Aurora Plumbing Company Blog: Posts Tagged ‘Air Conditioning’

Common AC Myths for You to Forget This Spring

Monday, March 19th, 2018

white question mark on a blue backgroundIf you’re anything like the average homeowner, you probably don’t understand the technical details of how your air conditioner works. That’s okay, we don’t expect you to—especially considering the complexity of modern AC systems and the years of training and education required to even become a licensed HVAC technician!

Unfortunately, though, there are some things you should know about your air conditioning in Denver, CO that many people do not. Due to this, you might be using your air conditioner inefficiently and even could be doing more harm than good to the system.

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Does My Air Conditioner Need More Refrigerant?

Monday, July 13th, 2015

This is a question our technicians get asked time and time again. Refrigerant is a chemical blend that many people know under the trademarked name Freon. Of course, a technician would have to look at the air conditioning system closely and carefully in order to determine the problem with certainty. But it turns out that simply adding refrigerant probably won’t solve most air conditioning issues.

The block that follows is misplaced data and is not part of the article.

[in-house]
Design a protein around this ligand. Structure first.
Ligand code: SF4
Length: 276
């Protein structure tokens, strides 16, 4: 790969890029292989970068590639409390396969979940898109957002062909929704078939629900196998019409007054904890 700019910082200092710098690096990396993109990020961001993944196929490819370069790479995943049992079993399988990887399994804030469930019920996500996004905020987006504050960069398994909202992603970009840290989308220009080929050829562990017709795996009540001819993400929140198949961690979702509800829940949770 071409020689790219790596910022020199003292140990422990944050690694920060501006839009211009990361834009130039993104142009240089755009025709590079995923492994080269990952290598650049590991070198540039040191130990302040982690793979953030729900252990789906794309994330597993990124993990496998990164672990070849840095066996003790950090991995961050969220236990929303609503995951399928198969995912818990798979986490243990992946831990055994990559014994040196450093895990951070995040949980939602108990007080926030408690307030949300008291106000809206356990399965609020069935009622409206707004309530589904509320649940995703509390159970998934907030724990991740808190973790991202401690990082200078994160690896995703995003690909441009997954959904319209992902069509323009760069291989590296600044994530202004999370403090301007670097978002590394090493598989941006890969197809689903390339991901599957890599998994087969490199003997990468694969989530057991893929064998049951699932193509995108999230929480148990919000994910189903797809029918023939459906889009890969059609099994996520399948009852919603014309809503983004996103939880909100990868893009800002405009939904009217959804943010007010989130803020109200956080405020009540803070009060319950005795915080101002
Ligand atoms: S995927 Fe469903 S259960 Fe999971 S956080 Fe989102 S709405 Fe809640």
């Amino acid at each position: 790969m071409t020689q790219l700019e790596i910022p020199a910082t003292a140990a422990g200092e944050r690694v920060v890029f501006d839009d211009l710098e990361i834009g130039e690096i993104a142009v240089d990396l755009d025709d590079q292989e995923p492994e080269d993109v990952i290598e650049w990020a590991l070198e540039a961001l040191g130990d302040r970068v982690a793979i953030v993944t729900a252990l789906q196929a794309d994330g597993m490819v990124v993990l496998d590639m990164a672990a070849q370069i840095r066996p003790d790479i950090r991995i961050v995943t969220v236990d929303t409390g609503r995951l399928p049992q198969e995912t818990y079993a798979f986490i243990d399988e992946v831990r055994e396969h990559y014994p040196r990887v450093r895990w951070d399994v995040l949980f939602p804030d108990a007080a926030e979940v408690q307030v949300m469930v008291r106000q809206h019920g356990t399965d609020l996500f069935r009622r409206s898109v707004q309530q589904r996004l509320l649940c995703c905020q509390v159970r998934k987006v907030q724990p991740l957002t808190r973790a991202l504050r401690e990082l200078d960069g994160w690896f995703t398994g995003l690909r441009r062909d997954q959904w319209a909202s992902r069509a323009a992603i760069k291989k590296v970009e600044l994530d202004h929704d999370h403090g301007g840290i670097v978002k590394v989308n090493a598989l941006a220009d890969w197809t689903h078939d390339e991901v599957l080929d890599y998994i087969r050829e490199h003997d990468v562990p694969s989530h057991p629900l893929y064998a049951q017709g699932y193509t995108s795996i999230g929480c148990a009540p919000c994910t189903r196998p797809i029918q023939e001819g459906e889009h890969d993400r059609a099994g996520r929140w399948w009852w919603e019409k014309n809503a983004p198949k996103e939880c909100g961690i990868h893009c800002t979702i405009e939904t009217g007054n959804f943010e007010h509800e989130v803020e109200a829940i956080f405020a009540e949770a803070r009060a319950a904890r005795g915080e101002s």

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3 Common AC Repairs (That May Actually Be Preventable)

Monday, May 18th, 2015

After a number of years, your air conditioning system will break down, and a replacement system will become necessary. But some of the smaller problems you run into over the years may actually be prevented with the proper attention and maintenance. Making a few changes to the way you care for your air conditioner can actually stop issues from occurring and keep your equipment around for longer. Here are some of the most common repair calls we receive—and what may have been done to prevent them.

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It’s Time to Schedule Air Conditioning Maintenance

Monday, April 27th, 2015